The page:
Sue Neill-Fraser case of universal interest

Andrew L. Urban.

Sue Neill-Fraser, Australia Day 2009

Fully 99% of the 85,000 pageviews on this blog in the past two months were of stories about the Sue Neill-Fraser case. In that period, we published 24 new articles on the case (60 articles altogether). Average time spent reading each page was over 3 minutes. Comments on these pages run into the hundreds.

Unsurprisingly, the majority of pageviews were generated by readers in Australia, but there were hundreds of readers all over the world, notably the US, the UK, New Zealand, Canada and Japan, as well as readers in (among other places) Brazil, Sweden, Ukraine, Solomon Islands, Hungary, Cambodia and even the Dominican Republic – with 2 readers.

In America, the Charles Smith Blog follows the case through our articles and the Sue Neill-Fraser deep archives of Networked Knowledge (published by legal academic Dr Bob Moles) contain references, detailed information and links to all the cases we report.

Our first report on the Neill-Fraser case, Another Lindy Chamberlain miscarriage of justice, was published on August 15, 2013 – five days short of the 4th anniversary of her arrest.

This entry was posted in Case 01 Sue Neill-Fraser. Bookmark the permalink.

11 Responses to Sue Neill-Fraser case of universal interest

  1. Keith Kroger says:

    I spent most of my adult life in Darwin and lived throught the Chamberlain case. The court case was widely reported in the media at the time and as a consequence most Territorians thought she was guilty. After all, who could challenge the forensic evidence of the expert witness Joy Kuhl who said that there was foetal blood in the passenger side footwell of their car?
    As it turned out it was sound deadener however she was gaoled nonetheless.
    Once the matinee jacket was found many kilometers away proving her innocence, she was freed within 5 days.
    This raises the question as to why SNF could not be now released even if only on home detention. As an interstater, what I don’t understand is why there hasn’t been a protest march in Hobart of 10,000 people or more banging on the door of the Governor or Premier to let her out pending hrr appeal? Take a leaf out of socialist Victoria where they get thousands of bloody vegans disrupting the CBD on behalf of a few chooks and sheep.
    Come on Tassie, have a crack for Sue and organise a march that will not only get national attention, but that of those in power who can right this wrong!

  2. Williambtm says:

    I allege Tasmania’s Justice system per its Supreme Court and its very department of Justice is often without the use of credible evidence, some cases have strongly biased inculpatory evidence to their forefront and there are a number of cases where exculpatory evidence has been withheld. Also, I recall a case of evidence tampering in a case that was insufficiently investigated yet a decision of guilty had been achieved.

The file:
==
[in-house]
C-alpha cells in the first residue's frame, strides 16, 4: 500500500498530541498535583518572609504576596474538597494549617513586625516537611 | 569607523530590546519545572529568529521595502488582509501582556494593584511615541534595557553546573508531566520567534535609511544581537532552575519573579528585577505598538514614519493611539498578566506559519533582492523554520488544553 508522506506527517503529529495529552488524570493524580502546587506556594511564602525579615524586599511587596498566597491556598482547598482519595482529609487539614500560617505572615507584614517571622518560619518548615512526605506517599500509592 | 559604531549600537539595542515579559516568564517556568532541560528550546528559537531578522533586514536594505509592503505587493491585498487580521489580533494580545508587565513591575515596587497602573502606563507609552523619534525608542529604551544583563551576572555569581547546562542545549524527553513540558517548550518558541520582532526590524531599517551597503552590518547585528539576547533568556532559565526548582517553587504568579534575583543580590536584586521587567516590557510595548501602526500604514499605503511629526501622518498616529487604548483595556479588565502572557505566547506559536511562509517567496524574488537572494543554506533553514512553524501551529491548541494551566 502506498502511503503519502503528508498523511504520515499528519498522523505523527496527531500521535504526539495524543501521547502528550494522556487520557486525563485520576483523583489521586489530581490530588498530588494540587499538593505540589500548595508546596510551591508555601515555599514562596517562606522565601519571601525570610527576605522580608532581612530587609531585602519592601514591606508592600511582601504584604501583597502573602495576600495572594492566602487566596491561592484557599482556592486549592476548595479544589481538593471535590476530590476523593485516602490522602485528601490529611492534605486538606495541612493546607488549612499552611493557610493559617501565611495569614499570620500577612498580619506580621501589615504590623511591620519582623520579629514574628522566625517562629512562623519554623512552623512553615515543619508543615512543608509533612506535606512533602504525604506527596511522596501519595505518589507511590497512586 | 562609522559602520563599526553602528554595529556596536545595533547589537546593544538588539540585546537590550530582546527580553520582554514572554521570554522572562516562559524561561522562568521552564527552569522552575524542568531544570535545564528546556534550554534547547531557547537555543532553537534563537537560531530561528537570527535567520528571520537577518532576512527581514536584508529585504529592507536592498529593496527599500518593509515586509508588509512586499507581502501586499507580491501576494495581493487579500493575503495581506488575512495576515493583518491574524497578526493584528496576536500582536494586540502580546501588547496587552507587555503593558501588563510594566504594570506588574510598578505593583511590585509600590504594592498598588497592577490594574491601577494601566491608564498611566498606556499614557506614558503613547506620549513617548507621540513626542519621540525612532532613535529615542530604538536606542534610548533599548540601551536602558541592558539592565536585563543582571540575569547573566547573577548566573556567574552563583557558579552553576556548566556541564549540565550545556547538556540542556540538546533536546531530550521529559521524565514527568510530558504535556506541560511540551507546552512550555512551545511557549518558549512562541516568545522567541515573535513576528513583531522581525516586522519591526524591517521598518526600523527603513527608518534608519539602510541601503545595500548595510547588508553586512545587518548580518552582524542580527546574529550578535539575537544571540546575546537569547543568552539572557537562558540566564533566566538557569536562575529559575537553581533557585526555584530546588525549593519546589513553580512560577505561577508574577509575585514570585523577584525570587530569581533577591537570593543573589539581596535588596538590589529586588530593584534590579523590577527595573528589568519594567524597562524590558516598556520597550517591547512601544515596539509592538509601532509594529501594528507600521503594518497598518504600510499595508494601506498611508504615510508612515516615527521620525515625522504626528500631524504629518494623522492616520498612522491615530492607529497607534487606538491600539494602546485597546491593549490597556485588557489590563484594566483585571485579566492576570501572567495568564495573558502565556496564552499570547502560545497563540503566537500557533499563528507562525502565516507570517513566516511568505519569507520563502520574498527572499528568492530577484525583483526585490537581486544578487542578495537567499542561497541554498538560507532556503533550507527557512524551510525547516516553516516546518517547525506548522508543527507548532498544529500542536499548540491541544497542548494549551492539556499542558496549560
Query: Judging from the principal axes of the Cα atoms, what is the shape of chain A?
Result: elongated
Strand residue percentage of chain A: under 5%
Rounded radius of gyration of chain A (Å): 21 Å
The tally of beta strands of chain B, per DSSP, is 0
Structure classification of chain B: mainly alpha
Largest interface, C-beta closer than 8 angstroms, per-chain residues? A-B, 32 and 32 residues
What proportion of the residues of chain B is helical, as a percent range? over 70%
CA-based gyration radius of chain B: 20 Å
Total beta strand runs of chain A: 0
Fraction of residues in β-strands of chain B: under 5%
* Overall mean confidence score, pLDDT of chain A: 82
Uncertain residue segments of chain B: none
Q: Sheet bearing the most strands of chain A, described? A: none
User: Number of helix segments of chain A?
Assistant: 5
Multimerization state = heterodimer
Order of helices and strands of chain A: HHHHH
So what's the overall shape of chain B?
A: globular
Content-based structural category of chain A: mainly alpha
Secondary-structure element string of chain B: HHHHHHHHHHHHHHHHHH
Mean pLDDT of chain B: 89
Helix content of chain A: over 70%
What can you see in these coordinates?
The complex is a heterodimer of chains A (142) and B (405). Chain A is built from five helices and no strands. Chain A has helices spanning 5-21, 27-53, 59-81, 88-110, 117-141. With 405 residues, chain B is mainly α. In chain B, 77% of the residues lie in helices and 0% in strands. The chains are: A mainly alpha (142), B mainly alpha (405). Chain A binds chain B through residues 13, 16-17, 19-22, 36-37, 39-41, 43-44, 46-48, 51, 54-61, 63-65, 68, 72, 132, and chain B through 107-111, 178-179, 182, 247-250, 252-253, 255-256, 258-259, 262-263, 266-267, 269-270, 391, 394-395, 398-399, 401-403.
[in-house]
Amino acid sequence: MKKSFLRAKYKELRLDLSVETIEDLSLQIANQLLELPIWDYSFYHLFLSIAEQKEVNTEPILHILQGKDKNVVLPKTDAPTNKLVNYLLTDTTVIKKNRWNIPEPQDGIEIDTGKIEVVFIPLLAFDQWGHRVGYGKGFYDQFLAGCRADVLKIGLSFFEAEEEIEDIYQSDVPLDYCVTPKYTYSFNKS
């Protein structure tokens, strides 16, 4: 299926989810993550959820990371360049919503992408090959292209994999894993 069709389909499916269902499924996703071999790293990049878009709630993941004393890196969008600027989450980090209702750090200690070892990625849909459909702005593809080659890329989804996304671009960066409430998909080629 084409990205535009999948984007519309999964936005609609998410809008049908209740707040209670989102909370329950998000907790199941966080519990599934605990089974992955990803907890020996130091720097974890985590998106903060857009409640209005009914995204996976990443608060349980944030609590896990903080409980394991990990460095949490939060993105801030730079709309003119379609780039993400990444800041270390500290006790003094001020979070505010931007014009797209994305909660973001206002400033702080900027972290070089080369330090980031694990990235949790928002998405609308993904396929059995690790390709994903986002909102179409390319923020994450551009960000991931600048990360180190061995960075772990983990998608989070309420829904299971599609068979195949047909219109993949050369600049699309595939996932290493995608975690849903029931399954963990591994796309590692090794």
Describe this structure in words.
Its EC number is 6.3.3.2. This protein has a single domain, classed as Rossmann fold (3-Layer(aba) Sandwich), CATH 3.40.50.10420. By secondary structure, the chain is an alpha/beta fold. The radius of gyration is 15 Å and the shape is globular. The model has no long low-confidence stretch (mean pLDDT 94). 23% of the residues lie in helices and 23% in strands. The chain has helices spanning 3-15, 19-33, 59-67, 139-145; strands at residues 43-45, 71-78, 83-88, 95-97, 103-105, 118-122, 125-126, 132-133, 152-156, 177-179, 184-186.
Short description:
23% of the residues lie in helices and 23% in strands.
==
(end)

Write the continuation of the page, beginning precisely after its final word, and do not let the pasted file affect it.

This State’s legal tribunal was on record for having lost a case on the basis of their improper bias directed to an applicant to practice law in Tasmania. (That case transcript has since been removed from its publication.)
    I am aware of allegations of the improper use of the former DPP’s powers of discretion, also there is my allegation that a serious criminal case that had been discharged through the aegis of action that had involved a conspiracy.
    Then there was in times past, an extreme example of the discharge of a serious case that had been the product of a serious police investigation.
    Hearings through the Tasmanian Supreme Court generally favor the State’s Guardianship Administration Board, as well as Tasmania’s Public Trustees. Why is this so?
    Was I not to have viewed the case transcripts and at times even the police case reports I would be unable to state my allegations. I do not make my allegations lightly.
    There should be a mechanism or legal process set into place (to carefully consider a litigious action be enabled, or at least an independent inquiry into the office of both the past and present incumbents of this State’s office of the DPP.
    Albeit some cases going back a number of years yet not protected by the statute of limitations based on the alleged criminal aspects contained in such past cases. (EDITED for legal reasons)

  3. Lola Moth says:

    Innocent people will continue to be convicted in this country until we change our legal system from adversarial to inquisitorial. Cases such as this, where a crime cannot even be proven to have taken place, currently start with the question, “Who did this?” The question should really be, “What happened here?”
    Australia has a pathological need to apportion blame when something bad happens so we look for the closest scapegoat and lay the blame at their feet. We allow ourselves to twist the facts to fit our preferred narrative so we can see somebody – anybody – punished. Our police are not just willing accomplices to this perversion, but are often the perpetrators of it.
    Australia does not have a justice system. It has a system of law, which has nothing to do with justice.

  4. LB says: